In a divorce, do grandparents have legal rights to a grandchild?
They say blood is thicker than water, but when it comes to divorce and matters related to grandparents’ rights, this saying doesn’t always ring true. In a legal separation or divorce that involves minor-aged children, the primary focus is on the legal child custody and visitation rights of each parent. Guided by the overarching principle of what is considered to be in a child’s best interest, family courts attempt to establish custody and visitation agreements between parents. However, unless additional legal action is taken, the rights of grandparents are not readily addressed.
Grandparents play a unique and critical role in the lives of many U.S. children. A large percentage serve as both primary and backup child care providers who cherish and look forward to time spent with a grandchild. However, when a grown child divorces and he or she loses child custody, grandparents’ access to a grandchild may be limited.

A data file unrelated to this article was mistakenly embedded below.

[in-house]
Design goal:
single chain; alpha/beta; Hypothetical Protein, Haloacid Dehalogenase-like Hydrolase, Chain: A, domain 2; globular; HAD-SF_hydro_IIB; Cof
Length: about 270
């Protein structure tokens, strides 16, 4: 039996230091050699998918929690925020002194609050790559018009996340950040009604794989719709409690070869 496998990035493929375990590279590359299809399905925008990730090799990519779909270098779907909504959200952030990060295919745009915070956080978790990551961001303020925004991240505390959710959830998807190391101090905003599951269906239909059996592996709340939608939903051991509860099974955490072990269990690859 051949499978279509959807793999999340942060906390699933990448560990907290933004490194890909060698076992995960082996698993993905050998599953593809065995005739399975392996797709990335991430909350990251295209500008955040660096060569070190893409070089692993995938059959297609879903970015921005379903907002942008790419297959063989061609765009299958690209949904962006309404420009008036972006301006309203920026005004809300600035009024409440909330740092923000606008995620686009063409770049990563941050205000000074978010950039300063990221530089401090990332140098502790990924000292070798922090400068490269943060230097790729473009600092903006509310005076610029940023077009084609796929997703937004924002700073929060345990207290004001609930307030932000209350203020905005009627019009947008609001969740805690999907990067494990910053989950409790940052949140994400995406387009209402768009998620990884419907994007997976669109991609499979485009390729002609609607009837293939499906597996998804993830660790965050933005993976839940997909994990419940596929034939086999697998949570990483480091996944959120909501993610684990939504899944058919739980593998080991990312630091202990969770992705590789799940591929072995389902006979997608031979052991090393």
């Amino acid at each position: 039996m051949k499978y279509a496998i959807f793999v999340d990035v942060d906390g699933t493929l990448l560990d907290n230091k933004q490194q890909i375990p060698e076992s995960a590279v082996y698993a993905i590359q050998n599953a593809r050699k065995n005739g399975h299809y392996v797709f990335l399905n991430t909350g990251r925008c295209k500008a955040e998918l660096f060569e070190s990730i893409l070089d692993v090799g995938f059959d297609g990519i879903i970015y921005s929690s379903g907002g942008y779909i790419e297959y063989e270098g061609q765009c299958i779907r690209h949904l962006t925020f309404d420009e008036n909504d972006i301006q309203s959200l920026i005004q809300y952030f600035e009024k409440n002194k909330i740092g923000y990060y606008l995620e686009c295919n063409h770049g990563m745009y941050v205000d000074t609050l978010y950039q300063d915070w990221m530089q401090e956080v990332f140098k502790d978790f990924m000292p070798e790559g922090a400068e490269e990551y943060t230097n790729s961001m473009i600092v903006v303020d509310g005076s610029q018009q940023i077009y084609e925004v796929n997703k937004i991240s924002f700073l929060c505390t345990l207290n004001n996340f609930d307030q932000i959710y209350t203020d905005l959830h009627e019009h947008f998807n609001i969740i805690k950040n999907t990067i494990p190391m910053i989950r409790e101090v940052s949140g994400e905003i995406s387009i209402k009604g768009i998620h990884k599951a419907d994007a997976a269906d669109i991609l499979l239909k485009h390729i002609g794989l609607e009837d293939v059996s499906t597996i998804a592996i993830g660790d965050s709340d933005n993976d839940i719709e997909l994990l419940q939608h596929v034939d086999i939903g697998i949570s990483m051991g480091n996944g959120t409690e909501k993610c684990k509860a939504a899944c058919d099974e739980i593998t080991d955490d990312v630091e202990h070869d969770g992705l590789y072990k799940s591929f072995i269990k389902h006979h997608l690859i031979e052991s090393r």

In Maryland, under the Maryland Grandparent Visitation Statute grandparents are frequently able to obtain formal visitation rights to a grandchild if the court deems the relationship between the grandparents and grandchild to “be in the best interests of the child.” However, in cases where one of the child’s parents objects to visitation being granted, the family court is unlikely to award grandparent visitation rights.
In cases where grandparents wish to obtain visitation rights to a grandchild, it’s often best to attempt to come to an agreement about such matters outside of court. In some cases, however, legal action may be beneficial in helping procure a formal grandparent visitation schedule that is recognized and accepted by both parents.